William Heath Robinson’s Midsummer Night’s Dream

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I wasn’t planning on featuring W Heath Robinson again so soon but I couldn’t resist posting some extracts from his 1914 edition of A Midsummer Night’s Dream, another great download from the scanned books at the Internet Archive. I have a few of these illustrations in a WHR monograph but I didn’t realise the book as a whole was so good. The Robinson brothers had a remarkable mastery of space in their work, no doubt derived from Beardsley but they found a way to make his expanses of black and white work for their own distinctive styles. This book, like many of those of the period, features colour plates but I much prefer Heath Robinson’s black-and-white work to his watercolours. His Poe book contains many fine drawings but his style is more suited to this Shakespeare play, especially in the depictions of clouds of fairy figures tumbling through the air.

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Elsewhere on { feuilleton }
The illustrators archive.

Previously on { feuilleton }
William Heath Robinson’s illustrated Poe

5 thoughts on “William Heath Robinson’s Midsummer Night’s Dream”

  1. Lovely. This Act IV picture makes me regret not having the necessary skills to make an animationthat would end up with the fish eating the fairy…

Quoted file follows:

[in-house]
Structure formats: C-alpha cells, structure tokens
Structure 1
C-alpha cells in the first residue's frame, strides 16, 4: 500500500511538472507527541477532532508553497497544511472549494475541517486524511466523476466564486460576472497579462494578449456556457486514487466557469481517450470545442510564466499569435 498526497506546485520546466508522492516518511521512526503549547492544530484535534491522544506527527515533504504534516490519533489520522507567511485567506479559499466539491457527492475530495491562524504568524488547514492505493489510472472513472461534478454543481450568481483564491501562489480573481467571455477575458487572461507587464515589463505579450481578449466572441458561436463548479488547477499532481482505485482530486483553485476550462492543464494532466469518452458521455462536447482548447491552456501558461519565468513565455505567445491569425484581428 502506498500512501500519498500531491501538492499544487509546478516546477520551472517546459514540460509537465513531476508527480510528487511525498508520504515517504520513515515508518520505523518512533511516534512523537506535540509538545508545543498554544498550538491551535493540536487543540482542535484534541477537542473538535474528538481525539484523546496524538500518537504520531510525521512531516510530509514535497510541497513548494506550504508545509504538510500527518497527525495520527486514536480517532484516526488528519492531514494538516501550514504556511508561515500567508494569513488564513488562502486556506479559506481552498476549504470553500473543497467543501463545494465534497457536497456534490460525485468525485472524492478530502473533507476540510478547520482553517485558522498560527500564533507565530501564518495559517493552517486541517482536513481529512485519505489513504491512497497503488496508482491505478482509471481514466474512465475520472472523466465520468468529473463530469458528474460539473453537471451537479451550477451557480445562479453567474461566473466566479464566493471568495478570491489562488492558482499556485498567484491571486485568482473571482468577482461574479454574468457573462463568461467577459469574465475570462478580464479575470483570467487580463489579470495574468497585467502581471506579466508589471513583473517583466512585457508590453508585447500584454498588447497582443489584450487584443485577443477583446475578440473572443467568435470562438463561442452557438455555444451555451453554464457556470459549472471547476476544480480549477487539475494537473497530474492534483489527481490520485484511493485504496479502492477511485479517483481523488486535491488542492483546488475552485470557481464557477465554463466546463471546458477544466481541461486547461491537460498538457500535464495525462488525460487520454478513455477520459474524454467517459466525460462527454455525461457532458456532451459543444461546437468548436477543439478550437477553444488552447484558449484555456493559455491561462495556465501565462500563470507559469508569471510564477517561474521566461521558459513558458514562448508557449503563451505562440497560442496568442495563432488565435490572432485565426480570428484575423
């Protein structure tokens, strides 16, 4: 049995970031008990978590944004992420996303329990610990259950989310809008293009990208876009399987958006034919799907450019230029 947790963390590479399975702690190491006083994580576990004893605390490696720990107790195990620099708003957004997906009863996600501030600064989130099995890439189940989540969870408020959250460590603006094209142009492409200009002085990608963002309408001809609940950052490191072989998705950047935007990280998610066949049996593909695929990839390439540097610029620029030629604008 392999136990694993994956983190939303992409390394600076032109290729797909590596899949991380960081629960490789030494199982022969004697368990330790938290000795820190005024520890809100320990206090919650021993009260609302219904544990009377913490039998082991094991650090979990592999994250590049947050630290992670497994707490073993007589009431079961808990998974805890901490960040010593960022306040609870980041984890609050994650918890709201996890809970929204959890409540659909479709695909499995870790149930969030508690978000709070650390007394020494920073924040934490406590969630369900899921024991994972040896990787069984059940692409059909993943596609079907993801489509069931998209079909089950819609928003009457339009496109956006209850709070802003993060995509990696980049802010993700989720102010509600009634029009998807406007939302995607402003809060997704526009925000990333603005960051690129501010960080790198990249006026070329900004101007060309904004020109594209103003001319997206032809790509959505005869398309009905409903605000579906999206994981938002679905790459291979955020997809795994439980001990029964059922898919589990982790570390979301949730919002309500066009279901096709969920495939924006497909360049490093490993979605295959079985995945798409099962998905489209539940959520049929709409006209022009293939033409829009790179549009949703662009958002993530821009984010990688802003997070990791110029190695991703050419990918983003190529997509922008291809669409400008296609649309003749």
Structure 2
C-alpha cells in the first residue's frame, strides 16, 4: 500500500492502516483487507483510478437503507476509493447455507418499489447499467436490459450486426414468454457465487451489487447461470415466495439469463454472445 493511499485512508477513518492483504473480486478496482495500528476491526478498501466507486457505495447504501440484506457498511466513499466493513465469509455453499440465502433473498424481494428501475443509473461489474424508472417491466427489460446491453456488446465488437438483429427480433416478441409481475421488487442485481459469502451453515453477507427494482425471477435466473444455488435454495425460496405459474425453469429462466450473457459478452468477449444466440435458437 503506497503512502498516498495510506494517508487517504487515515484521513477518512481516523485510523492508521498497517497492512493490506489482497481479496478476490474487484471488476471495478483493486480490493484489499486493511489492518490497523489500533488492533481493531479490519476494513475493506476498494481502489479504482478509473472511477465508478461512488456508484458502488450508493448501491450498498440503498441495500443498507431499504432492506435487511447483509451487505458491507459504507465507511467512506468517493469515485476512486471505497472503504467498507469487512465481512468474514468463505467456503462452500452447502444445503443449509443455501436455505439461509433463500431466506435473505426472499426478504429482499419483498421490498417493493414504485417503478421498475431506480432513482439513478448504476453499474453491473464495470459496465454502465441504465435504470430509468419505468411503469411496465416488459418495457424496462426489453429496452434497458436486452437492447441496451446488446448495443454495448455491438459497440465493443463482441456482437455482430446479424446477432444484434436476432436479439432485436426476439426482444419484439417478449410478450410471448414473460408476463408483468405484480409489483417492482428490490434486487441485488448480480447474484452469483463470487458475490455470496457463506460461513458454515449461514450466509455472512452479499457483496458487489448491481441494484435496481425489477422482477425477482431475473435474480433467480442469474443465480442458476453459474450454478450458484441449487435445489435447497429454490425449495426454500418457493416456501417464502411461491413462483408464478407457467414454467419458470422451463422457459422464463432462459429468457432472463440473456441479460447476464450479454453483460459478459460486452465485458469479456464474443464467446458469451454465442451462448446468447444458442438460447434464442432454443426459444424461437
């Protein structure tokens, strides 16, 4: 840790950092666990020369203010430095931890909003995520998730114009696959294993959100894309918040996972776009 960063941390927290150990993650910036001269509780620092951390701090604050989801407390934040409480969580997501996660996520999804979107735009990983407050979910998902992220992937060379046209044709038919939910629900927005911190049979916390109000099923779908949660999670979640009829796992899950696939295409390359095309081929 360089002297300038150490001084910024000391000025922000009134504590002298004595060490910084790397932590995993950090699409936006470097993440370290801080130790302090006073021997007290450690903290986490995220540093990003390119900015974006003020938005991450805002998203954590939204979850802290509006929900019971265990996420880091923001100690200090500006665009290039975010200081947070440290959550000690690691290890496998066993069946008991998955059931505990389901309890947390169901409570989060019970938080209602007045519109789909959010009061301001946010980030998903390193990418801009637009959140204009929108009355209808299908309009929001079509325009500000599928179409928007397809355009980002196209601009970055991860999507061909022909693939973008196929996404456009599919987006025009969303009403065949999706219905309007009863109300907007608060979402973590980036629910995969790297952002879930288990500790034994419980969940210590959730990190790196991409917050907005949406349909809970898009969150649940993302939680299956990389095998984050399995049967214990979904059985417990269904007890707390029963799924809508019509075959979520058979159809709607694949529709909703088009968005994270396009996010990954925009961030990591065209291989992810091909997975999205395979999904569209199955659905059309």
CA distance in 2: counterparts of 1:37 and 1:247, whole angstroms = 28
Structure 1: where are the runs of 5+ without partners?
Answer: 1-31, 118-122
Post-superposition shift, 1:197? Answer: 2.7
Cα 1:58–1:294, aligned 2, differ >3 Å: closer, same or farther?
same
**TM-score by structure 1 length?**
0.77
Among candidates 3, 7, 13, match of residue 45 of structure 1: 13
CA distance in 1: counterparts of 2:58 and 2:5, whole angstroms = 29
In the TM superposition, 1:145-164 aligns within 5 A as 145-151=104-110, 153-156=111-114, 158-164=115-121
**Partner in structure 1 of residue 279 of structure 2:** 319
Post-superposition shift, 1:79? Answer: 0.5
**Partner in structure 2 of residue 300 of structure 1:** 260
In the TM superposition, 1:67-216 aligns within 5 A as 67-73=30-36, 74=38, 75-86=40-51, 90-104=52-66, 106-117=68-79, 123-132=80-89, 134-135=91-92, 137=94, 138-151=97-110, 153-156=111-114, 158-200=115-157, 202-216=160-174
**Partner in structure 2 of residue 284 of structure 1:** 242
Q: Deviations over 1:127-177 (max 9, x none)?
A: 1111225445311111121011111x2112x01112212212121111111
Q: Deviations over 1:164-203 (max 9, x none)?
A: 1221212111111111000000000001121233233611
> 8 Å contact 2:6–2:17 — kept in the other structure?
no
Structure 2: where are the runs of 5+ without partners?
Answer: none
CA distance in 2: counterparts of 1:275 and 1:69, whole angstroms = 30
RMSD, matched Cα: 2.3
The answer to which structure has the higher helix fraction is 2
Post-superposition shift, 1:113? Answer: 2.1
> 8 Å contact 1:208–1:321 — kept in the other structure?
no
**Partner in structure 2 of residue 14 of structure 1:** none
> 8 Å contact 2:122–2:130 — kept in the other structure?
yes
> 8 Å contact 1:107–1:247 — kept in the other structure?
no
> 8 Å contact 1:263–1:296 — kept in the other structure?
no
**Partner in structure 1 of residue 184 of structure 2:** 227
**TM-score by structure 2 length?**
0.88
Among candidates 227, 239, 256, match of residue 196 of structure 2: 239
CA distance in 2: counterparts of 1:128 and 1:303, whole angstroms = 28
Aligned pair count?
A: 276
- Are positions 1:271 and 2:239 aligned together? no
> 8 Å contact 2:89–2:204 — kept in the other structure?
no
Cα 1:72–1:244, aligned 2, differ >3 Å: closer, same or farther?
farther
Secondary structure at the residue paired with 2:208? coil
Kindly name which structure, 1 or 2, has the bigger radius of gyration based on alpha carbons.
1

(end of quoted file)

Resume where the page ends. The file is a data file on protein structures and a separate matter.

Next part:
I was In Minnesota for a few days and picked up a book I think you would like too: Illustrations to “The Tale of Genji” by Yoshitaka Amano.
    Some of them reminded me of some ballet costume paintings by Léon Bakst, strangely enough.

  2. Would need to be a bigger fish!

    Amano is very influenced by this period of illustration, so that’s not surprising. I love his work, rather than being a slavish imitation he gives it a Japanese twist. I referred to an Amano exhibition recently.

  3. I love this book. I’ve been lucky enough to have a physical copy in my hands in the past and like you’re other friend said, that Act IV page is just fantastic, one of the best examples of the genre I know, perfect use of black and white-space, form, humour, details… guh! just lovely. My friend the printer at The Old Stile Press included that image in their 20th century bibliography as one of the ‘influences’ on him as a child which made him want to be involved in the creation of print and books.

  4. I wish someone would do facsimile editions of some of these books, they’re so beautifully designed. I have a “facsimile” edition of Harry Clarke’s Perrault which isn’t ideal—they changed the title page for a start—but it does include all the illustrations.

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